Our international partners accomplish amazing things with volunteers. Read their stories.
Volunteer assistance is critical to enabling our international partners to create change in their communities. Many of them have shared the work they were able to accomplish with the help of international volunteers. Read their stories below.
Volunteering in Morocco print story
August 13, 2012
Moroccan Center for Arabic Studies, Morocco
Volunteering is defined as the action of one person giving their assistance through their actions, to another person or a cause for nothing in return. But what do we mean when we express a desire to volunteer? It was in this context that I first came to Morocco back in 2007. I was ready and eager to give myself over to the local work assigned to me. I knew I was going to enjoy it, for no other reason than it was going to be something foreign, something brand new and an experience in a new setting I was undoubtedly going to learn from.
My work consisted of orphanage duty, a task I gladly accepted. It was an all morning activity, 4 hours before lunch and then I was off until tomorrow. Before the first week of work was over I had already befriended many of the nurses through my broken Arabic and orphans through my eagerness to play / umpire their games in the yard. Before long it became apparent to me that the more I gave myself over to the work, the more I was enjoying it because I was not only providing a service but I was able to learn so much more from it.
It is always a learning experience when you are able to contrast what you know with what you don’t in a first hand way. This is learning through doing; practice, empiricism, not theory or listening to rhetorical judgments. And it comes to you naturally through the act of volunteering yet also requires a willingness and ability to adjust to your new setting.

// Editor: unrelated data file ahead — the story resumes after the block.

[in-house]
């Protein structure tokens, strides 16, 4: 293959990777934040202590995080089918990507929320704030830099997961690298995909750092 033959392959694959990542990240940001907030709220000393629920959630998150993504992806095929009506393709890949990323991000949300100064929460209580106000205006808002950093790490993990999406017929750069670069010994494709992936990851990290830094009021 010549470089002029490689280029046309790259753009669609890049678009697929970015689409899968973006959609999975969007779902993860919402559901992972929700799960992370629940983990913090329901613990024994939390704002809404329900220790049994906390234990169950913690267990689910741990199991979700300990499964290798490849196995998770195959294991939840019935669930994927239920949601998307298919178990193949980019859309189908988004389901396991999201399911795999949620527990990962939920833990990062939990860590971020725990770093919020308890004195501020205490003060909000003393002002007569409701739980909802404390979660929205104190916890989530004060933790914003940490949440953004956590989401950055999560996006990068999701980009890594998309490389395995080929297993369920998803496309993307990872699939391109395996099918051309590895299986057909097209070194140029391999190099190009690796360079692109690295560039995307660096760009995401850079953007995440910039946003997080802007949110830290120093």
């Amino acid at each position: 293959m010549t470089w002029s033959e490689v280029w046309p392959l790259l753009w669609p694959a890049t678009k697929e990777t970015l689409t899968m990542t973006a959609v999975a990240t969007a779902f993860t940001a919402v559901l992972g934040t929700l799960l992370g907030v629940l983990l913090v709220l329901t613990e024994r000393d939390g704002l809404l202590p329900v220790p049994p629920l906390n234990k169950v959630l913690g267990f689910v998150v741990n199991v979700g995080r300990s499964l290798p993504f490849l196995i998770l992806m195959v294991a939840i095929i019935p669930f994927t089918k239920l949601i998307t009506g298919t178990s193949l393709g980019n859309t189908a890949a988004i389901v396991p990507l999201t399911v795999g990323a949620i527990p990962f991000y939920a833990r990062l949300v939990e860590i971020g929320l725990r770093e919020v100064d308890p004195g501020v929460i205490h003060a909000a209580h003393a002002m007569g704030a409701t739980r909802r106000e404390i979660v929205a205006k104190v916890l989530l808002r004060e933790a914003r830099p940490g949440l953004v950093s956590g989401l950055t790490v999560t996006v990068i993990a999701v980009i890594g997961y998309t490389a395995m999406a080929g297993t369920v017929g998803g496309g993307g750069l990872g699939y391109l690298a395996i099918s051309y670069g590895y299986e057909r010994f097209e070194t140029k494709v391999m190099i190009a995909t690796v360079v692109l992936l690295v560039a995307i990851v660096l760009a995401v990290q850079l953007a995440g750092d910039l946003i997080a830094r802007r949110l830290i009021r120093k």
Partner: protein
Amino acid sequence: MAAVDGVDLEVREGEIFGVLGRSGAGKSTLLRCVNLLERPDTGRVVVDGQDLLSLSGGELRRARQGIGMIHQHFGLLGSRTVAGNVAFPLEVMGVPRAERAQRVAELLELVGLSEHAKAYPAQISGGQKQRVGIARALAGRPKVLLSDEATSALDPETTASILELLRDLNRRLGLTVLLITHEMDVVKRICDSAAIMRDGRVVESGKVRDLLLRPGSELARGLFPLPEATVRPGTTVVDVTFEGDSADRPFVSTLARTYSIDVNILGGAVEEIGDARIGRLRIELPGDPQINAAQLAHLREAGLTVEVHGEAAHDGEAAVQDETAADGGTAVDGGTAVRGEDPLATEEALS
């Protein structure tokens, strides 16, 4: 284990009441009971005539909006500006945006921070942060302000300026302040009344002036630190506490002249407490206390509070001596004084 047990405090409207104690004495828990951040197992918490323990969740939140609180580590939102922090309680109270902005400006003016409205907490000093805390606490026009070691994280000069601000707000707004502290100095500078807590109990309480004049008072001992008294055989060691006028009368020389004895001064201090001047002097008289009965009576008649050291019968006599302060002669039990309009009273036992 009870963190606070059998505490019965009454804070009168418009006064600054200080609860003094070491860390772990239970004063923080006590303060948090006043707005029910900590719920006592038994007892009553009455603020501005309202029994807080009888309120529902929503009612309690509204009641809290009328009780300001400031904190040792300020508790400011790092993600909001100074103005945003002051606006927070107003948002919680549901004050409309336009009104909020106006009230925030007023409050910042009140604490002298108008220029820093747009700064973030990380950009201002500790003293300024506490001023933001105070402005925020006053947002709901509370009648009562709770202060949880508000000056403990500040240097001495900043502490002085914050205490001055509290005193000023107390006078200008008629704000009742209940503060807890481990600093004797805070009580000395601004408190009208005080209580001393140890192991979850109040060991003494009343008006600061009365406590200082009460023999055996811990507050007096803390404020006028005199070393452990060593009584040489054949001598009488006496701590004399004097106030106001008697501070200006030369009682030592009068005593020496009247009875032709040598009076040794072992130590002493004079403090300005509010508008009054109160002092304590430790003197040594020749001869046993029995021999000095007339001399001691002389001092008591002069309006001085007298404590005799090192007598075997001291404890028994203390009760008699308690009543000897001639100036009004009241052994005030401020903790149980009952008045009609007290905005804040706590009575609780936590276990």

This is what makes volunteering such a unique and rich experience; through the act of giving oneself over to something, in such a way where one is expected only to give, what can be gained is the kind of knowledge through experience, which is profound. The new situation demands from the volunteer that they involve themselves in the interests of the local parties. In this case it was the nurses and the orphans.
Volunteering also opens countless doors in the local community. Rarely have I come across a member of a community who did not take kindly to one who was there to volunteer themselves. The local setting has so much to offer the volunteer if they approach it with the desire to learn. The act of giving also involves that of receiving, they are not independent nor are they mutually exclusive, but rather mutually reinforcing sides of a coin of the volunteering experience. The more one gives, the more they take out of the experience, the more confidence they have in what they are doing and the fuller is their reward at the end.